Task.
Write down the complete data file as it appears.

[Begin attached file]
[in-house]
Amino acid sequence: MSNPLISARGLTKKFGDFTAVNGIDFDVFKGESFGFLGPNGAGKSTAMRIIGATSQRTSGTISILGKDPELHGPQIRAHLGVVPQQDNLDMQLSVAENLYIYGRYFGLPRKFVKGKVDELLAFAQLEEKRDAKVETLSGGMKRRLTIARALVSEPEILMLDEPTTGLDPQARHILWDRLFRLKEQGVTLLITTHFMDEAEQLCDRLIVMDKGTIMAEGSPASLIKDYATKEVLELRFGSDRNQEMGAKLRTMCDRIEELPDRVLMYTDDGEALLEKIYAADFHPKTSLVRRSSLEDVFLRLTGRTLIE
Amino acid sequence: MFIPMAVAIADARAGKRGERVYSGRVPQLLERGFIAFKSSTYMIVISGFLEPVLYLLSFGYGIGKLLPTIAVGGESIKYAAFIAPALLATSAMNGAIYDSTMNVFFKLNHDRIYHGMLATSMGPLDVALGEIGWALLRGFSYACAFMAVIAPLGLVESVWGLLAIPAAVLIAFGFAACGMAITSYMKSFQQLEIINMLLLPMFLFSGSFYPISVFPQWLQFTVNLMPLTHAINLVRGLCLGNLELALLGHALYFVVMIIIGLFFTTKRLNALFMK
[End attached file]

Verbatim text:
[in-house]
Amino acid sequence: MSNPLISARGLTKKFGDFTAVNGIDFDVFKGESFGFLGPNGAGKSTAMRIIGATSQRTSGTISILGKDPELHGPQIRAHLGVVPQQDNLDMQLSVAENLYIYGRYFGLPRKFVKGKVDELLAFAQLEEKRDAKVETLSGGMKRRLTIARALVSEPEILMLDEPTTGLDPQARHILWDRLFRLKEQGVTLLITTHFMDEAEQLCDRLIVMDKGTIMAEGSPASLIKDYATKEVLELRFGSDRNQEMGAKLRTMCDRIEELPDRVLMYTDDGEALLEKIYAADFHPKTSLVRRSSLEDVFLRLTGRTLIE
Amino acid sequence: MFIPMAVAIADARAGKRGERVYSGRVPQLLERGFIAFKSSTYMIVISGFLEPVLYLLSFGYGIGKLLPTIAVGGESIKYAAFIAPALLATSAMNGAIYDSTMNVFFKLNHDRIYHGMLATSMGPLDVALGEIGWALLRGFSYACAFMAVIAPLGLVESVWGLLAIPAAVLIAFGFAACGMAITSYMKSFQQLEIINMLLLPMFLFSGSFYPISVFPQWLQFTVNLMPLTHAINLVRGLCLGNLELALLGHALYFVVMIIIGLFFTTKRLNALFMK